“When we approved the capital budget,” Superintendent Jacob Oliva said, “it included the moving of the Adult with Disabilities, it included the moving of custodial and maintenance out to the U.S. 1 facility. The capital budget did not include the resurfacing of the pool, but in our general maintenance allocation, we allocate $2.8 million total for projects that come up, like if a chiller plant goes down and needs a complete overhaul, sometimes there’s repairs we don’t anticipate, but we build in a pot of budget to make those repairs. So we actually have some rough estimates on the resurfacing of the pool. It’s going to be over $250,000, roughly, but we’re able to put that in this year’s capital budget.”
“Are we kicking off other priorities?” McDonald asked.
Oliva said the replacement of the air conditioning at Indian Trails Middle School had been planned this year, but was put off until next year “because of the way the budget allocation was working and the scope of the work.” In other words the delay doesn’t have anything to do with Corporate One or Adults With Disabilities, Oliva said.
McDonald was still asking a question about the timing of the demolition with the district’s finances, and Oliva was answering, when Dickinson jumped in: “Ms. Conklin, I’d like to call the question and see how the vote goes.”
“I did have one question, if I may,” Conklin said.
“I called the question, Ms. Conklin.”
“OK, the question has been called.” So Conklin called for the vote.
Dickinson was under the false impression—common among local elected officials, though she alone uses that maneuver regularly among all her colleagues out of the county’s five major government boards—that calling the question gives an individual board member unilateral power to end debate under Robert’s Rules of Order. It does not.
The “Official Robert’s Rules of Order” website addresses the issue directly: “It is a fairly common misconception that, after debate has continued for some time, if any member shouts out ‘Question!’ or ‘I call the question!’ debate must immediately cease and the chair must put the pending question to a vote. This is simply not the case. Any member who wishes to force an end to debate must first obtain the floor by being duly recognized to speak by the chair, and must then move the Previous Question. Such a motion must be seconded, and then adopted by a two-thirds vote, or by unanimous consent. It is not in order to interrupt a speaker with cries of ‘Question’ or ‘Call the Question,’ and even if no one is speaking, it is still necessary to seek recognition.”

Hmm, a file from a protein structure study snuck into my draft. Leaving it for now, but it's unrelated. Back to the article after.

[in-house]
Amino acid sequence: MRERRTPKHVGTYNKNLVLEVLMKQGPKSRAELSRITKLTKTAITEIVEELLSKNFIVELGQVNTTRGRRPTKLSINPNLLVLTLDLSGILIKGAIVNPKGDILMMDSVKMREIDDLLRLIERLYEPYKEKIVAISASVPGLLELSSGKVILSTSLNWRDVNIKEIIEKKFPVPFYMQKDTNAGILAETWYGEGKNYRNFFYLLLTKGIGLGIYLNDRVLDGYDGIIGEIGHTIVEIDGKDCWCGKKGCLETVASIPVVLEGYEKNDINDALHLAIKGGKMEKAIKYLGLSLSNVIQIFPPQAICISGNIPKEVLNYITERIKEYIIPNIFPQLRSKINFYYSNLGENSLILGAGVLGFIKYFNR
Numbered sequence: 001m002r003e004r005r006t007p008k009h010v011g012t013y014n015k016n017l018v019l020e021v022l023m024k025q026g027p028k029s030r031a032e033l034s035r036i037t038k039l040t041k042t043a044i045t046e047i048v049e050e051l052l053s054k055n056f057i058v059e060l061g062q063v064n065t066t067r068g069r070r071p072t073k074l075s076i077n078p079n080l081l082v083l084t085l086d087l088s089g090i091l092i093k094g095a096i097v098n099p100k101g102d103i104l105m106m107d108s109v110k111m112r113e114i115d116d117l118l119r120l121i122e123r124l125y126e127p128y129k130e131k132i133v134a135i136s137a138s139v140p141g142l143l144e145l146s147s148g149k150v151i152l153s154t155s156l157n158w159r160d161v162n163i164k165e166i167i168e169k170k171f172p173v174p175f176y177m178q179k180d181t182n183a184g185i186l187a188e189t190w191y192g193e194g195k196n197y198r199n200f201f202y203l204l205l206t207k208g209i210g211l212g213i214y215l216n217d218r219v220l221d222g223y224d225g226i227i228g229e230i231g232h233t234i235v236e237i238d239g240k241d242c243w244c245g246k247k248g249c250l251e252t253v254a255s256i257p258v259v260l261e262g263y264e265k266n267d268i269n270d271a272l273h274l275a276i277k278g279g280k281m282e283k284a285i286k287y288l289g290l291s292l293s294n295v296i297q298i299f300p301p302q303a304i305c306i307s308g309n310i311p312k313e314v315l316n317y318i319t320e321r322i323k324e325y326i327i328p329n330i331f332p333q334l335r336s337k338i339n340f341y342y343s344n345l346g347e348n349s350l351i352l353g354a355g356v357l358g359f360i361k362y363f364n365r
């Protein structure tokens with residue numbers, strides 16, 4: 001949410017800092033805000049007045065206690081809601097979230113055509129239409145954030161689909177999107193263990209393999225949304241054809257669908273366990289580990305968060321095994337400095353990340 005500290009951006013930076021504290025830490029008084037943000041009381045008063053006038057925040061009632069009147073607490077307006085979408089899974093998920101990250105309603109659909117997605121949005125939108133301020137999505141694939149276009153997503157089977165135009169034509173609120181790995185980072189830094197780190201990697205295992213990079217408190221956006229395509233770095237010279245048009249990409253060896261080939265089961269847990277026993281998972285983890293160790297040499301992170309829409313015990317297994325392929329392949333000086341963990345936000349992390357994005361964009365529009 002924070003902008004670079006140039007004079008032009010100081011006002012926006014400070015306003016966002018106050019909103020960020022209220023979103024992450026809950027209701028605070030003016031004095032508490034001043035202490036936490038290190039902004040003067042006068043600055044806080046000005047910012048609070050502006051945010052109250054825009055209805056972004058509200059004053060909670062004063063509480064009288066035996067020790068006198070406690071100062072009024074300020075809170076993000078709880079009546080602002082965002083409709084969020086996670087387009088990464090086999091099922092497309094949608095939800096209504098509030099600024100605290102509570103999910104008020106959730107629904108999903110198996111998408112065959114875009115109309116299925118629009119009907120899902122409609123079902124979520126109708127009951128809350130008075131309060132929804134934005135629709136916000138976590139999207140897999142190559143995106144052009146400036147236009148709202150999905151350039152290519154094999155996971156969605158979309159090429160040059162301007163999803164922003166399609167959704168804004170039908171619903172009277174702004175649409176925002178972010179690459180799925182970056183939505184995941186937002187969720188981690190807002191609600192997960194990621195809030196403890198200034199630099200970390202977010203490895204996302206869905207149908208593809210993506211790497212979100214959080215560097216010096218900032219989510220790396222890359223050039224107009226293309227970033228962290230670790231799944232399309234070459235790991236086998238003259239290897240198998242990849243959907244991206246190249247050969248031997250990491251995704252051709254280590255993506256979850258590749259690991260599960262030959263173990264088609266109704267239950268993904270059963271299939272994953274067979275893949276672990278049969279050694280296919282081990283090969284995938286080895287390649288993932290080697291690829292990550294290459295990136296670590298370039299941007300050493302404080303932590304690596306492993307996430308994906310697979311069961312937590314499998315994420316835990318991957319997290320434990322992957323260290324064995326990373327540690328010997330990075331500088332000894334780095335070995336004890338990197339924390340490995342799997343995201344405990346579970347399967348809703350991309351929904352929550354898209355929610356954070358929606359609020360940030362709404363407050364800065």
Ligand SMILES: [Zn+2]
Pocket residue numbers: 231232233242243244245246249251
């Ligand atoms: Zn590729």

None of that took place Tuesday evening, just 15 minutes into debating the matter (not including the 18 minutes or so Gavin and another school official spent outlining the history and options.)
“The thought of the day should have been patience,” Dance said wryly 35 minutes later, at the end of the meeting—when each board member gets to speak his or her mind. He was referring to the board’s practice of beginning each meeting with a board member offering a thought of the day. Tuesday had been Dance’s turn. He chose care and compassion.
This time, he wasn’t going to let Dickinson’s maneuver pass unmentioned.
“As I went through just doing some research, the awkward closing to our conversation with the call the question, may need us—and correct me if I’m wrong, Ms. Gavin—but after doing a little of checking, one member just can’t call the question and stop” the discussion, Dance said. “It is a consensus from what I read.”
“It’s happened before with my friend,” Conklin said, laughing as she referred to Dickinson, who’s been on the board–as has Conklin–since 2000 (both had voted to buy Corporate One).
“It was apparent not everybody was done with their comments,” Dance said. “And the one good thing about that item is that it’s probably the longest deliberated action that the board has taken since I’ve been on the board. It’s been going on since the middle of 2013. The whole process of getting to where we are. But it was just a little awkward with people still having opinions. We’re not in a big hurry, there wasn’t a big agenda, there wasn’t any need, in my opinion.” (The entire meeting lasted less than two hours, ranking it as a relatively short one for the board.)
“The only thing I’ll say,” Dickinson said when her turn was up next, “is if we don’t want to follow Robert’s Rules then we just need to take it away and not have it be a part of our agreement that we agree upon every year at the beginning of the year. It’s not the first time I’ve called the question, and I promise you it won’t be the last.”
But if she does so again—and her colleagues allow her to do so—it’s Dickinson who’d be violating Robert’s Rules.